It is a cold Monday afternoon when we have our appointment with Wolfgang Tittel, professor in physics and specialized in photon entanglement, quantum teleportation, and quantum memory. As we expect from a busy professor, he is still in another meeting when we arrive, so we decide to wait two meters outside his door. When we go and check if he’s almost done with this other meeting, his office suddenly appears deserted. In a vivid demonstration of his expertise, he seems to have teleported away from his office…
Luckily, he reappears quickly and lets us into his spacious office. One wall is completely covered by a large whiteboard, covered in scribbled equations and diagrams. Clear signs of occupation by a physics professor. Professor Tittel himself welcomes us with a smile, clearly relishing the opportunity to talk about his work. What follows is an interview with professor Tittel, shortened and lightly edited for clarity.
What type of research do you do?
My research lies in the framework of the quantum internet. More precisely, it is about quantum key distribution (QKD) and the creation of quantum key distribution systems over very long links. This requires quantum repeaters. To create the quantum internet, we send photons down an optical fiber, but, just as in standard telecommunication, these photons get lost at some point. In standard telecommunication, you can use amplifiers to boost the signal level, but for quantum internet this doesn’t work because of the no-cloning theorem. Instead, we can use a so-called quantum repeater.
At the heart of Quantum Mechanics lies quantum superposition. This strange phenomenon is often described as the capacity of a quantum system to be in multiple incompatible states at the same time. The most famous example of this is Schrödinger’s cat, which would be both dead and alive at the same time. But how can this be? How can we humanly make sense of that apparent contradiction? Well… I think we cannot! More precisely, I think there is a problem of language in here. Exactly what a quantum scientist means by being “in superposition”, I think, is quite far from what the layman has in mind.
A simple analogy
To start explaining what a quantum scientist has in mind when he/she says that a state is in superposition I will use a simple analogy: Shapes.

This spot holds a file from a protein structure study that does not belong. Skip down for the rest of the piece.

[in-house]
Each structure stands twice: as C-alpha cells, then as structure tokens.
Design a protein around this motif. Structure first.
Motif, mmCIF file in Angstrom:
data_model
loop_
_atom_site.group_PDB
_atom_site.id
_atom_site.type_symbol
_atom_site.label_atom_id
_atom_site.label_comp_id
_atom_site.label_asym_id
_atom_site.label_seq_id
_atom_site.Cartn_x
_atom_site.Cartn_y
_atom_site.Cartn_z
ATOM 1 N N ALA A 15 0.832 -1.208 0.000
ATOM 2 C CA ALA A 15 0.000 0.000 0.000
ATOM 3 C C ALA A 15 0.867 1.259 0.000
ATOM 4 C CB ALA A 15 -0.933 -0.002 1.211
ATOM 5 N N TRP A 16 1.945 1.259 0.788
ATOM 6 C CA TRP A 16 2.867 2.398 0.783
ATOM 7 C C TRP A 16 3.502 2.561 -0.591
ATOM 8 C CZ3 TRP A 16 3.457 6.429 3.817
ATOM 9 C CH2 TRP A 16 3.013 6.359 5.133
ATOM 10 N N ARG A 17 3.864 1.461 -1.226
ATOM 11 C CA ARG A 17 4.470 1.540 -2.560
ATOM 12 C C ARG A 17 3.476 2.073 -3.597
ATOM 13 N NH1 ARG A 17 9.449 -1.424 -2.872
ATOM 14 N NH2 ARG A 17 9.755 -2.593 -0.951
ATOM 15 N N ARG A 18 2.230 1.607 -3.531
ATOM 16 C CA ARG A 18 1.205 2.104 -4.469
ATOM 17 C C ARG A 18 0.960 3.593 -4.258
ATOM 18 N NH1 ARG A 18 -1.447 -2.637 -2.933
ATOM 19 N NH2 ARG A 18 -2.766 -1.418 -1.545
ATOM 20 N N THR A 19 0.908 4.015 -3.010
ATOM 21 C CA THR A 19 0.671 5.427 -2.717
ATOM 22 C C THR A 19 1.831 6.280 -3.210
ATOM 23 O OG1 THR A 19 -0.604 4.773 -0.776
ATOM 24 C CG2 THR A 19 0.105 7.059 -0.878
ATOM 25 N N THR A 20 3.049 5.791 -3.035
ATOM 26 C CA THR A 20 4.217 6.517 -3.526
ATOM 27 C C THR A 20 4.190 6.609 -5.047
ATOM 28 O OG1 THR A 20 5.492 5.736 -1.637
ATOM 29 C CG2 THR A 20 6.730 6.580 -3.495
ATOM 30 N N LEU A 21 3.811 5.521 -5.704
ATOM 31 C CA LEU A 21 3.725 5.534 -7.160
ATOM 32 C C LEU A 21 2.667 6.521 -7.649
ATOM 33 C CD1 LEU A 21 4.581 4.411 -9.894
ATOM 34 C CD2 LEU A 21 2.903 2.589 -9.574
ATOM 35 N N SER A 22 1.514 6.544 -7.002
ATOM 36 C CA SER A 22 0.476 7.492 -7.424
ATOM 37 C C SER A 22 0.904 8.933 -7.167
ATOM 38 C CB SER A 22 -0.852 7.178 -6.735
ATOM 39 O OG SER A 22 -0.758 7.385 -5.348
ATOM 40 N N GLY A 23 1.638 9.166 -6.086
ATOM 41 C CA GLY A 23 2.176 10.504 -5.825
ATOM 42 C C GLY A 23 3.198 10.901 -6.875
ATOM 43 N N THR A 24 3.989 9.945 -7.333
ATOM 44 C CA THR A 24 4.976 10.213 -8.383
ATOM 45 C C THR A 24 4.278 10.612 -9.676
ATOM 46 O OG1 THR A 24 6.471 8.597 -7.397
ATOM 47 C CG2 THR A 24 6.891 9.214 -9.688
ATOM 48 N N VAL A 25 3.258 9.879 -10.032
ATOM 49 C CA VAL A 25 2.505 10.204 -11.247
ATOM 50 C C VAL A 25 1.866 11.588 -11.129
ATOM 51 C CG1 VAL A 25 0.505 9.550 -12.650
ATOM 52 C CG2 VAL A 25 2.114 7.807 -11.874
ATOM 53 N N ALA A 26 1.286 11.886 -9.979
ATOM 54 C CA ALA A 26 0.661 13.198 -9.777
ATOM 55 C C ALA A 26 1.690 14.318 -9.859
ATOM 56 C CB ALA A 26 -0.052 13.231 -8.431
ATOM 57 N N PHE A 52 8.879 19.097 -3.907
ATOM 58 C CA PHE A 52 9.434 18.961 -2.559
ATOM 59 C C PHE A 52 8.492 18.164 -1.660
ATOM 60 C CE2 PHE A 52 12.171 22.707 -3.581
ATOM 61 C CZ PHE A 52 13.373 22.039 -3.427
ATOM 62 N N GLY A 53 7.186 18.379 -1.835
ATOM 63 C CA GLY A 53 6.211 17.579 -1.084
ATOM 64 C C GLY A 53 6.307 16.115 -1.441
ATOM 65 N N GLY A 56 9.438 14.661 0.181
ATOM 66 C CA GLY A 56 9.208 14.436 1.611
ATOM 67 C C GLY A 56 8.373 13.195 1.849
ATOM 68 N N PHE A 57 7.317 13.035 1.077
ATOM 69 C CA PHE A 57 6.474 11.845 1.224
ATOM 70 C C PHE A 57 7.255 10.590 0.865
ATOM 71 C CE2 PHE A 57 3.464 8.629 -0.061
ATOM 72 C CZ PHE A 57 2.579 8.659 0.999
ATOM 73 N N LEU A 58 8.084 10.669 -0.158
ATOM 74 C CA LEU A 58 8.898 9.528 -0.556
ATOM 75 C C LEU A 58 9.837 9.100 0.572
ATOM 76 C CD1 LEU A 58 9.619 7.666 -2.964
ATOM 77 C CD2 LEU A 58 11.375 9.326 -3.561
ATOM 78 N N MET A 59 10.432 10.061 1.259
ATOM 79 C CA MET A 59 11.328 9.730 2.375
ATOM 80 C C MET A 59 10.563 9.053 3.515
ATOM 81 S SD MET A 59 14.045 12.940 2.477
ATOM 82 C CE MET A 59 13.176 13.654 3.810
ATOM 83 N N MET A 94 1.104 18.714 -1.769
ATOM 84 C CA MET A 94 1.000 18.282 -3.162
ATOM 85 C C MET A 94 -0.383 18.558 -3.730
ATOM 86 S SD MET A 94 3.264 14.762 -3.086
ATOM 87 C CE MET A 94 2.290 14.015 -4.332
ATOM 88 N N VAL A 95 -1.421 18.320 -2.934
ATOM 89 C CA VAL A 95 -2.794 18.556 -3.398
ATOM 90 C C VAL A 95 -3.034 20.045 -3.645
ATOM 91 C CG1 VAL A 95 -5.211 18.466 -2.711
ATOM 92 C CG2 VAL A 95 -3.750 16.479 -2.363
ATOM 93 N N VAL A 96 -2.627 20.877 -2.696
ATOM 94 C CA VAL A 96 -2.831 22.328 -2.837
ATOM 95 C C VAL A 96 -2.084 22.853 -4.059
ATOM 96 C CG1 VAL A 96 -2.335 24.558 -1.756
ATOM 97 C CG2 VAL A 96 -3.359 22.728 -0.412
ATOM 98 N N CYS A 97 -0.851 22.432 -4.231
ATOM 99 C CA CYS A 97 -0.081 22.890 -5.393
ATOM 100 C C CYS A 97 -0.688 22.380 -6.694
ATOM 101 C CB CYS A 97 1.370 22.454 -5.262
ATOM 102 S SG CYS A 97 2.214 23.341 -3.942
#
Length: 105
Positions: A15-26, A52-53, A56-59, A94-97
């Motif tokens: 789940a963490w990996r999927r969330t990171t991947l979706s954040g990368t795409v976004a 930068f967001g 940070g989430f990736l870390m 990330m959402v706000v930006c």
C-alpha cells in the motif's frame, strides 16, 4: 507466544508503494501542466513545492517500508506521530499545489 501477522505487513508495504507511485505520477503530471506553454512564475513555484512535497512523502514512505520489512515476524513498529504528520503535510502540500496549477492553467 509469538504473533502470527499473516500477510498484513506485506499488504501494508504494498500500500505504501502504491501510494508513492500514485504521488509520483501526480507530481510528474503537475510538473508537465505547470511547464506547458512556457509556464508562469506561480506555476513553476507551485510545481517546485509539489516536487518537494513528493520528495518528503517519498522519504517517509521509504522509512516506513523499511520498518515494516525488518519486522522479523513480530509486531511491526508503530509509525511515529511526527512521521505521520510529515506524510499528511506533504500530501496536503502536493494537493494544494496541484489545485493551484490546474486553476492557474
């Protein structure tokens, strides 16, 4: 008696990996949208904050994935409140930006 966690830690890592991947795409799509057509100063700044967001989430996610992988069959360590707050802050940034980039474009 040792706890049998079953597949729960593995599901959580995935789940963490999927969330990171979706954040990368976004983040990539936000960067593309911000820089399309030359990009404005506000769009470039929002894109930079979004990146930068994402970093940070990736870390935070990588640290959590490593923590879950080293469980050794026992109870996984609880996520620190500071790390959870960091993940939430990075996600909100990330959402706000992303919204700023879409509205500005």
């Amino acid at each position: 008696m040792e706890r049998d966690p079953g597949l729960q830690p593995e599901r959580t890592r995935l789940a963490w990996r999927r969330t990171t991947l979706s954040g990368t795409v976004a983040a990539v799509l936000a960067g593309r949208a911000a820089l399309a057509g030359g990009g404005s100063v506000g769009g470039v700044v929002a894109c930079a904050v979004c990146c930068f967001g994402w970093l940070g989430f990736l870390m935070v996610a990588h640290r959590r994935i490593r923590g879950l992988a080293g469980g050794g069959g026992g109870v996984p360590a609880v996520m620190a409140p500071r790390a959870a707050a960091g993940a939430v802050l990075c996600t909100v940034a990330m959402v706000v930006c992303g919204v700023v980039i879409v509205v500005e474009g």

What? How is that related to the topic?
You’ll see! How would you describe or draw a shape that is both a disk and a rectangle?
That does not make any sense! Maybe something like this:
Yeah you see, it does not make sense to you, and you struggle to draw anything because I said something that does not make sense. This is exactly what happens when someone says that Schrödinger’s cat is both dead and alive! It is not clear what he/she means, and stated like that it is non-sense. When a quantum scientist says that a physical system is in superposition of two states (dead and alive), he/she means that it is in a state that is neither the first (dead) nor the second (alive) but it is in another state that possesses some of the characteristics of both (dead and alive).
Hmm…This is quite hard to visualize for me. Don’t you have an example?
Yes! For the example of the shape it could look like this:
Oh I see!
This is a relatively good analogy. This shape is neither a rectangle nor a disk, however it has some of the properties of both. Moreover I like this analogy because in quantum mechanics you cannot “see” the quantum state the physical system is in. In other words, if someone gives you a system in a certain unknown state, you cannot learn the state. If you try to measure it, you will only see a “projection” of it… Continue reading Dead or Alive: Can you be both?
When did we have our first quantum bit? To answer, one needs to agree on the definition. When does a two-level system become a qubit? In my view, only when coherent quantum dynamics is demonstrated. In the summer of 2002, Rabi oscillations of a superconducting flux qubit were observed in our laboratory. They were published in Science ; the primary authors were Irinel Chiorescu (postdoc, now professor at Florida State University) and Yasunobu Nakamura (on sabbatical from NEC Japan, now professor at University of Tokyo). As we all know, much has happened in the years after. Here I want to describe what happened before. How did we come to this point? I concentrate on my personal story and on superconducting circuits. In our Quantum Transport group we had the parallel research line on semiconductor quantum dots by Leo Kouwenhoven and his people that led to our first spin qubit in 2006.